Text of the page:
Breaching act costs pokie operator

Last updated 12:54 04/07/2012

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Internal Affairs has cancelled the gambling operator's licence of a trust which operates 117 gaming machines and provided nearly $3 million in grants in the latest year.

The trust was found to have supplied false or misleading information about three trotting club loans, which had been used to establish Bluegrass Trust, the department said.

The trust was also considered to have breached the Gambling Act by knowingly receiving funds, with conditions attached, from potential grant recipients.

Also a key person was found to be unsuitable because of his previous poor compliance with the Gambling Act.

The Secretary for Internal Affairs cancelled Bluegrass Trust's class 4 gambling operator's licence because he could not be satisfied the gaming machine society was meeting its obligations under the Gambling Act 2003, the department said.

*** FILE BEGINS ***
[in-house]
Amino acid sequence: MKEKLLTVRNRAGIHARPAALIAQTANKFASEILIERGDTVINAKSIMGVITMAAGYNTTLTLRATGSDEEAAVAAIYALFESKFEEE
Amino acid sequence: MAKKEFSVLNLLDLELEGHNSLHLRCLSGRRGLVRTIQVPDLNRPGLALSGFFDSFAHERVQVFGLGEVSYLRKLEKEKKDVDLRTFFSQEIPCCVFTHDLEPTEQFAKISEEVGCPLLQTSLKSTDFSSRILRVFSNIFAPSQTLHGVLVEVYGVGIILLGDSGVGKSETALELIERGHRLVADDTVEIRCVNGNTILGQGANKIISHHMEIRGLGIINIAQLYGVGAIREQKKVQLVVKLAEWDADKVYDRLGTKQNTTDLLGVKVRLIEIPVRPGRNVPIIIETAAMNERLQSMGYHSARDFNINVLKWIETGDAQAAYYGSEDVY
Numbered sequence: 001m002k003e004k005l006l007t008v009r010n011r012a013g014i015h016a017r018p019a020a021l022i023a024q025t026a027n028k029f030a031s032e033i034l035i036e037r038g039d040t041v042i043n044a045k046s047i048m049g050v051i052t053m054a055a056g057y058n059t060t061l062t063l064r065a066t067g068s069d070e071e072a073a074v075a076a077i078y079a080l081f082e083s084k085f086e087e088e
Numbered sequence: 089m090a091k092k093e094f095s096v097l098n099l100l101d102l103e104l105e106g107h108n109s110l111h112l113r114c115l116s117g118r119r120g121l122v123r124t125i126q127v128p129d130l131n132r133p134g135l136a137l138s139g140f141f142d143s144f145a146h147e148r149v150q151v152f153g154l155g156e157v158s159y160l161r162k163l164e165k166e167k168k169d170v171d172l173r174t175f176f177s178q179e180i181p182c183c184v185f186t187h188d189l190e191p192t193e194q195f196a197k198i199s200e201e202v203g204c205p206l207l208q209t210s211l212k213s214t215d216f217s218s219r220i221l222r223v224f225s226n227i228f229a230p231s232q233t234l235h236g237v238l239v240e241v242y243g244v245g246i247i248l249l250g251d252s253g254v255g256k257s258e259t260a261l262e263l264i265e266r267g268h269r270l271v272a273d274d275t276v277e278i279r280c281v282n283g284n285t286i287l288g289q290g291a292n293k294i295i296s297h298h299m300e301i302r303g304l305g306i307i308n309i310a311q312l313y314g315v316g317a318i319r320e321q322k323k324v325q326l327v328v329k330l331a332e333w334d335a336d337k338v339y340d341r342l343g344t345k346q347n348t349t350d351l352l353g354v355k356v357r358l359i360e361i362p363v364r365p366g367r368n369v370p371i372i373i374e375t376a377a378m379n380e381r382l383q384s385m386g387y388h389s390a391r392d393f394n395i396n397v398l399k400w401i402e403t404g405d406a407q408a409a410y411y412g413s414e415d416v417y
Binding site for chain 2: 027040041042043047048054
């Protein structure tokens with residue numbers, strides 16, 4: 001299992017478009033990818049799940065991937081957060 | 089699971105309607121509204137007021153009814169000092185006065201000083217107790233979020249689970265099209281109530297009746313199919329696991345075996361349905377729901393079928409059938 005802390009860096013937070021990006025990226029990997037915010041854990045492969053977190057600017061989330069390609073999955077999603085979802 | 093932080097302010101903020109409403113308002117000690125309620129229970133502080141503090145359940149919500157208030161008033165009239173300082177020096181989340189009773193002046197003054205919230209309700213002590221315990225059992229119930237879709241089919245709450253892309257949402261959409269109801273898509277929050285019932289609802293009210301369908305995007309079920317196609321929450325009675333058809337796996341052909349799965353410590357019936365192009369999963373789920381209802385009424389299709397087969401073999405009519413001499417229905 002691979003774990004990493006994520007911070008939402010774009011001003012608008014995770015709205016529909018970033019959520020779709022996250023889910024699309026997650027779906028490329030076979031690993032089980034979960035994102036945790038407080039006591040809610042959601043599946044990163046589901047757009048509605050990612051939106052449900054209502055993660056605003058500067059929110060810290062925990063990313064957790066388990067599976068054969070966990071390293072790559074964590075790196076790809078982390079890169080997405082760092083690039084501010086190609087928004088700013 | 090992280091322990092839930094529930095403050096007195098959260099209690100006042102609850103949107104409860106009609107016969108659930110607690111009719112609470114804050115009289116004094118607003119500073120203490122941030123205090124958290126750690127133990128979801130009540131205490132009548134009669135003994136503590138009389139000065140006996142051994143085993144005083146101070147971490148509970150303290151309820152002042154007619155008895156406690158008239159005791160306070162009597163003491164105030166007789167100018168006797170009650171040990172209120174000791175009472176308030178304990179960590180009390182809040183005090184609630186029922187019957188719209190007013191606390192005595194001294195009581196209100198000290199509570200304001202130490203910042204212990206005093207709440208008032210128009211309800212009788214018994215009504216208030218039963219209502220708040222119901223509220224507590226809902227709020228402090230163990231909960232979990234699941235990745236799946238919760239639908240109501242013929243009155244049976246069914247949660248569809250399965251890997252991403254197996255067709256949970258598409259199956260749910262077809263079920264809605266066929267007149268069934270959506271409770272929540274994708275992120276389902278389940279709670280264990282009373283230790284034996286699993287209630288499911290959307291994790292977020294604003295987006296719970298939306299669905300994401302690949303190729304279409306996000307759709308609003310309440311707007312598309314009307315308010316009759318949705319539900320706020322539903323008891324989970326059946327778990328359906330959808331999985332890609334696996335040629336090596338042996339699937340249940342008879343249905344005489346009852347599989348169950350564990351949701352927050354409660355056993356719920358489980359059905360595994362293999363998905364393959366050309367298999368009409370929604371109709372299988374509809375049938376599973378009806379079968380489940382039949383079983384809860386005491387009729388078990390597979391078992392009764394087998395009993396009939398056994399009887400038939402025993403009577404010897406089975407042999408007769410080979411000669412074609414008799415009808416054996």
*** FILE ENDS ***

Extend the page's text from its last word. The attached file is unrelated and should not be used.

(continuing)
Despite that, the trust continues operating pending a possible appeal by the trust to the Gambling Commission.

The class 4 licence covers gaming machines in pubs and clubs.

Blenheim-based Bluegrass Holdings Ltd was incorporated in June 2009 and trades as Bluegrass Trust, operating 117 gaming machines in seven bars in Auckland, Lower Hutt, Blenheim, Nelson and Christchurch.

Its website said it raised funds primarily for the benefit of racing in New Zealand, although its authorised purpose allowed donations for charitable and sporting purposes.

Bluegrass Holdings' financial statements for the year to March show gaming machine proceeds of slightly more than $7m, while grants for the year total nearly $3m.

Direct gaming costs of nearly $2.6m include around $1.6m of gaming machine duty, $118,000 for the problem gambling levy, and around $750,000 for site rental.

Efforts to contact Bluegrass were not immediately successful.

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